Background to the Globelics Academy

During the 1990s, technological development, especially in ICT, biotech, new materials and transport, interacted with regulatory efforts towards liberalisation and deregulation of international trade, investment and finance to produce an unprecedented scale and speed of change in the structure and composition of economic activities. These are the changes, which are conventionally referred to as “economic globalisation”. The other side has been the rapid growth in knowledge-based economic activities; especially those based on information and communication technologies. Accordingly, citizens in the countries in the North gradually find themselves inhabiting an “information”, “knowledge” or “learning” society.
However, whichever name is assigned to this society, it has its negative side: there is a not only persistent but in many respects growing “information”, “knowledge” or “learning” divide. The persistency of these divides alone indicates that efforts to overcome them are fraught with challenges. This proposed Globelics Academy and the network behind it represent efforts toward understanding the underlying dynamics and toward overcoming these divides.

The 1980s and 1990s witnessed very mixed experiences with structural adjustment programmes as well as large-scale collapses of financial systems in both nation states and larger regions. This has lead to a growing awareness among academics, practitioners, international development organisations and policy-makers alike, that crucial institutional, structural and social insights are likely to be missing in the mainstream development policy equation. What is needed appears to be a heterodox recipe building on deep insights into development processes, which are more often than not highly localised. Standard-recipes, applied indiscriminately to economies across the globe, economies that differ hugely in their historical trajectories, structural position, and immediate development prospects, do not appear to be sufficient.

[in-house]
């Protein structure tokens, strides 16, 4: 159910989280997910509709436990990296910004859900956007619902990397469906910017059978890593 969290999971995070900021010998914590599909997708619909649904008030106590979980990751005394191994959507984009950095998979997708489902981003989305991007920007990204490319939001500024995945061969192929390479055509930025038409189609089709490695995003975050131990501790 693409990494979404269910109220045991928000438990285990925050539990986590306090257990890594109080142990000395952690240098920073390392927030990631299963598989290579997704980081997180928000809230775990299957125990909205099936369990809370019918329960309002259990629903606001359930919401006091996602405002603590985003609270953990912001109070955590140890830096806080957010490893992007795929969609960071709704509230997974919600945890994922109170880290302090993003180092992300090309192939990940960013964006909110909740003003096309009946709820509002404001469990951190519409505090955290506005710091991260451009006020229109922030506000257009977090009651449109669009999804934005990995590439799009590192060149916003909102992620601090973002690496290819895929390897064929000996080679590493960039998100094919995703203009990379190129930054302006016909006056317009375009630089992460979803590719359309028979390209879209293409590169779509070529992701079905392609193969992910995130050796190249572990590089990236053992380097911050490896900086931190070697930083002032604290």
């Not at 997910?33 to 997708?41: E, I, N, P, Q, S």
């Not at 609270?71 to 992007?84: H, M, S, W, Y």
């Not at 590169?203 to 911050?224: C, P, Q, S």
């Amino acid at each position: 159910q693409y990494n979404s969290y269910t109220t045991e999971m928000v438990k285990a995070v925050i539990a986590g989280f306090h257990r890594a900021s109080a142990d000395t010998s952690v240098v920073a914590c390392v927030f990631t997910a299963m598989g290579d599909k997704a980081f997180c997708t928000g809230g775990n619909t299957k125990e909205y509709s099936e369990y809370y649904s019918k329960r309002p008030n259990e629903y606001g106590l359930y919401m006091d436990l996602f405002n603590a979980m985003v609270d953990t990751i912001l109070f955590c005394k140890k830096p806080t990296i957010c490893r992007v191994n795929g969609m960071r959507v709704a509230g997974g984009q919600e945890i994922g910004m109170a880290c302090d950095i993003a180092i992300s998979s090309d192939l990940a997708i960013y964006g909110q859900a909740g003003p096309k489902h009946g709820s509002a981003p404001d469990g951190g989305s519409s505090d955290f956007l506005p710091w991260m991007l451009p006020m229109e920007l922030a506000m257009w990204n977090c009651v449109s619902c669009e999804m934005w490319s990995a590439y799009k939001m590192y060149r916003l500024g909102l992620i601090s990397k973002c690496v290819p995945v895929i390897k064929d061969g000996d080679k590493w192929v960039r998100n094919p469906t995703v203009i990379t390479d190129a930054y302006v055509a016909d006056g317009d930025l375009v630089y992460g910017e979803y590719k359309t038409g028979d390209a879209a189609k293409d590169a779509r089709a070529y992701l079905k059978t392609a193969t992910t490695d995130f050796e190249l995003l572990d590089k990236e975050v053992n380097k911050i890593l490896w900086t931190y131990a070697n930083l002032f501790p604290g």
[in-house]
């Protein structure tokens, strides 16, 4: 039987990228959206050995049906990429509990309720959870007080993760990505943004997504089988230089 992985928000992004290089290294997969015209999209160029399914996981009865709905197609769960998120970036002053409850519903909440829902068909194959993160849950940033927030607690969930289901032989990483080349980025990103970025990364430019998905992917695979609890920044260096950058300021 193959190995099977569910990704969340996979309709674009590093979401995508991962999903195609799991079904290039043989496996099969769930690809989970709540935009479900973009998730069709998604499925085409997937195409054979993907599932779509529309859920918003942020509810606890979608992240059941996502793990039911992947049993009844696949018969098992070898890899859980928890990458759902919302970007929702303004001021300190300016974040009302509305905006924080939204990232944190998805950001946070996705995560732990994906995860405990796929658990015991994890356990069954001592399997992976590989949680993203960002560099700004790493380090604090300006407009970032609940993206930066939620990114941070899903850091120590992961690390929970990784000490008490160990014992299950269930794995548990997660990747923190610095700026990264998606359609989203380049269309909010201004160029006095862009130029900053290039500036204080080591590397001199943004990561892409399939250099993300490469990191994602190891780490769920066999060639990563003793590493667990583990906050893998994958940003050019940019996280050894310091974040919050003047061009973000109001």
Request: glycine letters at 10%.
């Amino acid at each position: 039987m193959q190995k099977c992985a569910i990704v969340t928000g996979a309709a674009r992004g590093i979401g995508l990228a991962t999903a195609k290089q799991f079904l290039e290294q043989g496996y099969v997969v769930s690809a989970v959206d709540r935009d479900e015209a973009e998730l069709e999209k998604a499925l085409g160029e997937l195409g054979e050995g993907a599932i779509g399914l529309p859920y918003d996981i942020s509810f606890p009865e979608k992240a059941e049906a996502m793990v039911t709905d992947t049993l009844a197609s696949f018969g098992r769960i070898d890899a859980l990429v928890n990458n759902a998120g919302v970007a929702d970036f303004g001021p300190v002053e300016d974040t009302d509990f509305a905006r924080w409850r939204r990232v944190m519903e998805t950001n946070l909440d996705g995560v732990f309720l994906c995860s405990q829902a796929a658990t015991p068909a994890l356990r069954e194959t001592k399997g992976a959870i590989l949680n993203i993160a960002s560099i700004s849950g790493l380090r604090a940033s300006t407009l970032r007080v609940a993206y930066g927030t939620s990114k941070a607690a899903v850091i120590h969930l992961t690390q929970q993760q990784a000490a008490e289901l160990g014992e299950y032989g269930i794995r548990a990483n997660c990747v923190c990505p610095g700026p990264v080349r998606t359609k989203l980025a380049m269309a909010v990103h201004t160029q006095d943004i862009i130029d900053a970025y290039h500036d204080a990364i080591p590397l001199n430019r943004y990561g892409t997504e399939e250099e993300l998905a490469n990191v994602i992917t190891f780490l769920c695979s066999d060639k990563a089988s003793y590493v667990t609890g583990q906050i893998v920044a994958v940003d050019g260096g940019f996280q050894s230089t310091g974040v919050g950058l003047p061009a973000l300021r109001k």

Innovation in its various shapes and forms increasingly presents itself as an imperative to nations, regions, firms, and individuals alike. It follows that, in academic terms, better analytical understandings of the roles of innovation in contemporary economic dynamics are called for. In terms of development policy, such better understandings can inform efforts to devise policy instruments, which can institute virtuous circles of learning, innovation and competence building.

Local pockets of scientific excellence in studies of learning, innovation and competence building systems have been built over the last decades, mainly but not exclusively in developed countries. The scholars engaged in building ‘globelics’ and their institutions, are at the forefront of the field. They share the characteristic of viewing economic development as a systemic process, active at many separate institutional levels from the global level over the national down to dynamics within individual firms and the skills and competencies of their employees. The approaches encourage spatially and temporally sensitive analyses of the constitution of global and local economic systems and the relationship between different systems and different systemic levels (international-national, national-national, national-local, etc.).

Many of the researchers and institutions from across the globe, involved in Globelics, have long been engaged in informal researcher networks and many have in the past collaborated or are currently collaborating on joint comparative research projects on innovation, knowledge and economic dynamics. Some countries have already established local, regional or national networks for innovation studies while others have not.

The Globelics Academy will facilitate the strengthening of existing networks locally, encourage and inspire the creation and new ones, and, perhaps most importantly, allow for existing networks to be brought better in touch with each other in a more formalised setting. Especially, it will make sure that the accumulated knowledge is transferred to next generation of scholars.